Criminology MA

Postgraduate (12 months, 15 months full-time, part-time)

Cambridge

January, September

Intermediate awards: PG Cert, PG Dip

Course duration: 1 year full-time or 2 years part-time (September starts); 15 months full-time or 28 months part-time (January starts)

Teaching times

Part-time

Semester 1: Monday 14:00 - 17:00
Semester 2: Thursday 14:00 - 17:00

Overview

Examine real-life case studies to piece together the inner workings of serious crime, and the methods used to police it. You’ll gain the skills and knowledge needed for many careers in criminal justice, such as the Police, youth justice, the Home Office or border agencies.

Full description

Careers

This course will prepare you for many criminal justice-related careers, such as the immigration and border agencies, the Police, the Prison Service, the National Probation Service, youth justice, the Home Office, the court system, violence prevention or social policy and research.

Modules & assessment

Core modules

  • Organised Illicit Trade
    On this module, you will explore the structure and nature of organised illicit trade and discuss the concept of criminal networks, including criminal opportunity and routine activities, to analyse different case studies. These case studies will include financial crime, drug trafficking, human trafficking, child abuse, toxic waste and smuggling. You will measure and evaluate the scale of illicit trade in order to analyse the regulatory issues involved and potential preventative mechanisms. You will need to contribute significantly to the weekly seminars by researching and discussing different cases. You will be required to critically analyse the research in a specific area of organised crime and present your ideas. You will also produce a written portfolio including a variety of assessment methods.
  • Major Project
    This module will support you in the preparation and submission of a Masters dissertation, allowing you to explore in-depth a particular topic that reflects your academic interest.

Optional modules

  • Terror as Crime
    Words such as terror, terrorism, terrorist and the 'war on terror' are now a part of our everyday language, but what do these terms really mean? In this module, you will identify and critically examine terror-related issues through criminological and criminal justice perspectives. You will evaluate the effect of changing crime level and the contribution towards moral panics in contrast to the impact of more serious crime waves in societies. You will also evaluate the notion of mobilising a nation through terror-information in relation to the recent adoption of regular risk assessment and analysis measures, as well as propaganda. In addition, you will investigate the shift from 'old' terrorism to 'new' terrorism, as well as the role of domestic criminal justice systems in preventing, investigating and responding to acts of terror. The theme of peacemaking and peacekeeping will run throughout the module - you will explore and critically evaluate successful initiatives throughout the world. You will be assessed through a presentation, summary case study and an essay.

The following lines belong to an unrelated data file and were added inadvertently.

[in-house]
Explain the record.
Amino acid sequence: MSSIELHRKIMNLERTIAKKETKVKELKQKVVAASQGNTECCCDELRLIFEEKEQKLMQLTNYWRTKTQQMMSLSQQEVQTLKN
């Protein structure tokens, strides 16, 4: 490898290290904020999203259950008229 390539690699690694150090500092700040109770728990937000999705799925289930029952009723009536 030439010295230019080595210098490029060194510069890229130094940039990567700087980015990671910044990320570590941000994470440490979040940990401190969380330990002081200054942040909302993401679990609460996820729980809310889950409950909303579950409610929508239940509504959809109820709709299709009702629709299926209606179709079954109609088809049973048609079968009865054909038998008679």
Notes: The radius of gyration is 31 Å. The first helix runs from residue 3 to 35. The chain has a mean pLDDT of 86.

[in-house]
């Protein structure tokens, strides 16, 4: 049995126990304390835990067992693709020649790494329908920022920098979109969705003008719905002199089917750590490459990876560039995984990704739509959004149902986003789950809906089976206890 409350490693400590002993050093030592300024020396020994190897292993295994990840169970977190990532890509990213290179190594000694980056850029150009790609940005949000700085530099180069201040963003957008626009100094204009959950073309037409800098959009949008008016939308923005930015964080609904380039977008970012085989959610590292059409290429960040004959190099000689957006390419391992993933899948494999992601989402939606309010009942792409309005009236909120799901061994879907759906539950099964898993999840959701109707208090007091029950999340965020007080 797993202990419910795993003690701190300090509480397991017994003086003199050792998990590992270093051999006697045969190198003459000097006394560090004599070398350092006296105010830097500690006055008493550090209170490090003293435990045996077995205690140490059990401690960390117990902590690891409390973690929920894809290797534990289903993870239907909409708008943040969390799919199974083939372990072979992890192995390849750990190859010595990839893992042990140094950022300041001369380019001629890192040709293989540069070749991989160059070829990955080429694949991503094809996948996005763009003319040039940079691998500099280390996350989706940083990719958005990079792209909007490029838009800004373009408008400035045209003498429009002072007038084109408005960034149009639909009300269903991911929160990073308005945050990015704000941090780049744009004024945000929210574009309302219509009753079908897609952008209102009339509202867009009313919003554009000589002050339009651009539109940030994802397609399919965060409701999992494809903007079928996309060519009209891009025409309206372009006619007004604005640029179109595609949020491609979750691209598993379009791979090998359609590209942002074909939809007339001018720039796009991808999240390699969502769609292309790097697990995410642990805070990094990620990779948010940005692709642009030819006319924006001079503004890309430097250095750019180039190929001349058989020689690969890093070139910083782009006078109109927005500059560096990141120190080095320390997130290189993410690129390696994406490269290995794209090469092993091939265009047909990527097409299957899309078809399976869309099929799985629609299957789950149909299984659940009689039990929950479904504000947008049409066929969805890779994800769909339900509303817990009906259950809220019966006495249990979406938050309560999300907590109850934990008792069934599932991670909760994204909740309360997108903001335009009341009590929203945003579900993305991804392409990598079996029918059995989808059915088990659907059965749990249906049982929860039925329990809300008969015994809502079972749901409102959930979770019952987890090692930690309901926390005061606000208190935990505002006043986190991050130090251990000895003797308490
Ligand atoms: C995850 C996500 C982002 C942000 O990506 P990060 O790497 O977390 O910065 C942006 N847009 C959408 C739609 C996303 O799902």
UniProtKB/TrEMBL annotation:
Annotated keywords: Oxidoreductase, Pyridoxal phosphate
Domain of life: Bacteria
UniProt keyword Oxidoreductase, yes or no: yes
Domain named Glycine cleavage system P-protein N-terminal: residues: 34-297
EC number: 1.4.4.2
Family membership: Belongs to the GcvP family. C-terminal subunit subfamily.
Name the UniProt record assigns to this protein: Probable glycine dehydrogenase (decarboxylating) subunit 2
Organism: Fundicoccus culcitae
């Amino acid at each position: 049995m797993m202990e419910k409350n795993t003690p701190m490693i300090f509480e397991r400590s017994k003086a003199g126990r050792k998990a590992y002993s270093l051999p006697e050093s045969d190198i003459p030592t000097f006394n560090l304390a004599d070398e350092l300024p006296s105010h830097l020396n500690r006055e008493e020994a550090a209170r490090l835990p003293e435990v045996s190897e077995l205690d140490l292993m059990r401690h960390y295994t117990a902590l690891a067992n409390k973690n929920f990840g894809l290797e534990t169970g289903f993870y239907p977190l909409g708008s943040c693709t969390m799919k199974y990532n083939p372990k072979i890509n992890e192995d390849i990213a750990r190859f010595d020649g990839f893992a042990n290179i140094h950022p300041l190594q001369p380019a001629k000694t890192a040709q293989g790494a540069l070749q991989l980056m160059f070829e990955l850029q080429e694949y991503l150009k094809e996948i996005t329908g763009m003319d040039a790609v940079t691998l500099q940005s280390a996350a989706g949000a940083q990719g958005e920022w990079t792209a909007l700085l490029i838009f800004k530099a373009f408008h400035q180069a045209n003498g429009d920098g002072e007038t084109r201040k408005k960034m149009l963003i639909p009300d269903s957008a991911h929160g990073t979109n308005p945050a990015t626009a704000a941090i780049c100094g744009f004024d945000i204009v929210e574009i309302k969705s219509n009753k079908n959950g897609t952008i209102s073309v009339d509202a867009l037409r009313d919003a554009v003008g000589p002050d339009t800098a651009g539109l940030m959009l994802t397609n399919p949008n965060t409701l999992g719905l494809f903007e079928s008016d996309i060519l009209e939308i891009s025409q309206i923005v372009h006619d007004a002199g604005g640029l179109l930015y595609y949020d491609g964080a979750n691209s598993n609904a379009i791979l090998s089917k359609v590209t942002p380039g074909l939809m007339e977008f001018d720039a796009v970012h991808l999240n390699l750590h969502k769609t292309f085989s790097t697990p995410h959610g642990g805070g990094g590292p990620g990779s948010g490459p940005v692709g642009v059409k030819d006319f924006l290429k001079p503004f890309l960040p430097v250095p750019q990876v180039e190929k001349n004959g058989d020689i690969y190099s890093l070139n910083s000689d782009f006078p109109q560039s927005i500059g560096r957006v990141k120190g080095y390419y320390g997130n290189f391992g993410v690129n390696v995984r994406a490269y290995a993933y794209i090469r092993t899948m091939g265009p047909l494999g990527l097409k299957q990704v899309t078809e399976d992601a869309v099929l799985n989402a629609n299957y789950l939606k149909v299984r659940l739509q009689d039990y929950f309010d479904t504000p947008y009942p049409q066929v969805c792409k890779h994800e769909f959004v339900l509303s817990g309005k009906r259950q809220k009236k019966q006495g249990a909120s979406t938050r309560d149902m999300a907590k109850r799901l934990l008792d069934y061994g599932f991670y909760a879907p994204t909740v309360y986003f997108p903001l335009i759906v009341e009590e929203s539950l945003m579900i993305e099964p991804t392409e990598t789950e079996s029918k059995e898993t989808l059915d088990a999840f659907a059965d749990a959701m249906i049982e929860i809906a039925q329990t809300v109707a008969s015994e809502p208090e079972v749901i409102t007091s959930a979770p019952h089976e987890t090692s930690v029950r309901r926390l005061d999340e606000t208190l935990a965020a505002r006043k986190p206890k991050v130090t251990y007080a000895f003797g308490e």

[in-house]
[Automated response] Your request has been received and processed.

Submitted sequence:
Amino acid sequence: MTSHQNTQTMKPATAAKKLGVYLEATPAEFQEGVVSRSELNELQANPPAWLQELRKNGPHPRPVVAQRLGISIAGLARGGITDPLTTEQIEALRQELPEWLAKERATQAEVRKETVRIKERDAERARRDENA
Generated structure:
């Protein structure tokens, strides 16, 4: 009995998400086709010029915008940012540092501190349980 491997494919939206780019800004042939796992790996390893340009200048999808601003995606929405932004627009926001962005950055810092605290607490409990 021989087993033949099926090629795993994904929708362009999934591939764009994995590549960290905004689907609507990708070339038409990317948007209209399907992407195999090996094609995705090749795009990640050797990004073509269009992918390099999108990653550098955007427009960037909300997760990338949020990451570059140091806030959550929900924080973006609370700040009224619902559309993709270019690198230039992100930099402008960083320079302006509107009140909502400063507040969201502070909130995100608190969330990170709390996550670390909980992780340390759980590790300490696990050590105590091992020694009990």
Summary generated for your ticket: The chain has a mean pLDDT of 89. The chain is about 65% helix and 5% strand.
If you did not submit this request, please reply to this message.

• Violence in Context
    This module will present you with theoretical frameworks through which you can analyse why and how violence, as a construct, proliferates globally and locally. You will apply broad theoretical explanations to particular 'violence scenarios', and test more focused, recent research in broader settings. Owing to the multi-faceted nature of violence, literature has often sought to address specific forms of violence discretely, and its study in the Social Sciences has become somewhat fragmented. You will test a range of different theoretical models and apply them to a particular case study of violence. You will also critically evaluate policies and practitioner-based programmes that seek to address violent behaviour, and examine specific scenarios of violence from a range of academic and practitioner-based perspectives. Your assessment will comprise a presentation, four weekly literature reviews and a case study analysis of a violence 'problem'.
  • International Institutions and Policy
    On this module, you will critically analyse the origins, evolution and role of international institutions in the global order over the course of the 20th and 21st century, in order to understand why these institutions have developed, and why states choose, or do not choose, to use these institutions as a means to achieve their objectives. You will examine the still-evolving structures of global governance, and the role of these organisations and institutions in contemporary politics and diplomacy, looking at the work of specific organisations including the UN, the EU, the IMF and World Bank etc. You will pay particular attention to the challenges inherent in attempting to foster international co-operation and consensus between sovereign nation states, including the limitations of international law, as well as examining possible future developments. Your assessment will comprise an initial report of 1,000 words, a 10-minute presentation, a brief data analysis and a longer essay of 3,500 words.